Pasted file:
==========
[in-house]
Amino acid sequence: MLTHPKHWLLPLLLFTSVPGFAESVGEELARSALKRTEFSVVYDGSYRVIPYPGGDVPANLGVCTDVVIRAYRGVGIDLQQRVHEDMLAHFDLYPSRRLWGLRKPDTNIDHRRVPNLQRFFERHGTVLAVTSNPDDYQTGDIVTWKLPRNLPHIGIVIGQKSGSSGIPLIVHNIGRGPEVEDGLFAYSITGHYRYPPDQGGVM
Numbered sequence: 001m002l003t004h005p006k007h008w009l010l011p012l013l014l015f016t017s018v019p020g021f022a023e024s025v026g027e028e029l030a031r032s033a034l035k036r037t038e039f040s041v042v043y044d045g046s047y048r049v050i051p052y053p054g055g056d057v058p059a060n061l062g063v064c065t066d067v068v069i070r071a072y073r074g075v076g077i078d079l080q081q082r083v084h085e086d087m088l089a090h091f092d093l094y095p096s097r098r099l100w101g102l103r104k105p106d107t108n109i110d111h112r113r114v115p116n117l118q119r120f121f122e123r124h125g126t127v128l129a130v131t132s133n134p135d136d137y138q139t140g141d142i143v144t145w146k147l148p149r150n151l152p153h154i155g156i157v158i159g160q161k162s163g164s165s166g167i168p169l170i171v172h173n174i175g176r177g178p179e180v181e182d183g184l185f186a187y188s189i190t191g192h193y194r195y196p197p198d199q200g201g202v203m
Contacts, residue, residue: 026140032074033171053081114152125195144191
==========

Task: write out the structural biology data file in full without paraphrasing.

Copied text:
[in-house]
Amino acid sequence: MLTHPKHWLLPLLLFTSVPGFAESVGEELARSALKRTEFSVVYDGSYRVIPYPGGDVPANLGVCTDVVIRAYRGVGIDLQQRVHEDMLAHFDLYPSRRLWGLRKPDTNIDHRRVPNLQRFFERHGTVLAVTSNPDDYQTGDIVTWKLPRNLPHIGIVIGQKSGSSGIPLIVHNIGRGPEVEDGLFAYSITGHYRYPPDQGGVM
Numbered sequence: 001m002l003t004h005p006k007h008w009l010l011p012l013l014l015f016t017s018v019p020g021f022a023e024s025v026g027e028e029l030a031r032s033a034l035k036r037t038e039f040s041v042v043y044d045g046s047y048r049v050i051p052y053p054g055g056d057v058p059a060n061l062g063v064c065t066d067v068v069i070r071a072y073r074g075v076g077i078d079l080q081q082r083v084h085e086d087m088l089a090h091f092d093l094y095p096s097r098r099l100w101g102l103r104k105p106d107t108n109i110d111h112r113r114v115p116n117l118q119r120f121f122e123r124h125g126t127v128l129a130v131t132s133n134p135d136d137y138q139t140g141d142i143v144t145w146k147l148p149r150n151l152p153h154i155g156i157v158i159g160q161k162s163g164s165s166g167i168p169l170i171v172h173n174i175g176r177g178p179e180v181e182d183g184l185f186a187y188s189i190t191g192h193y194r195y196p197p198d199q200g201g202v203m
Contacts, residue, residue: 026140032074033171053081114152125195144191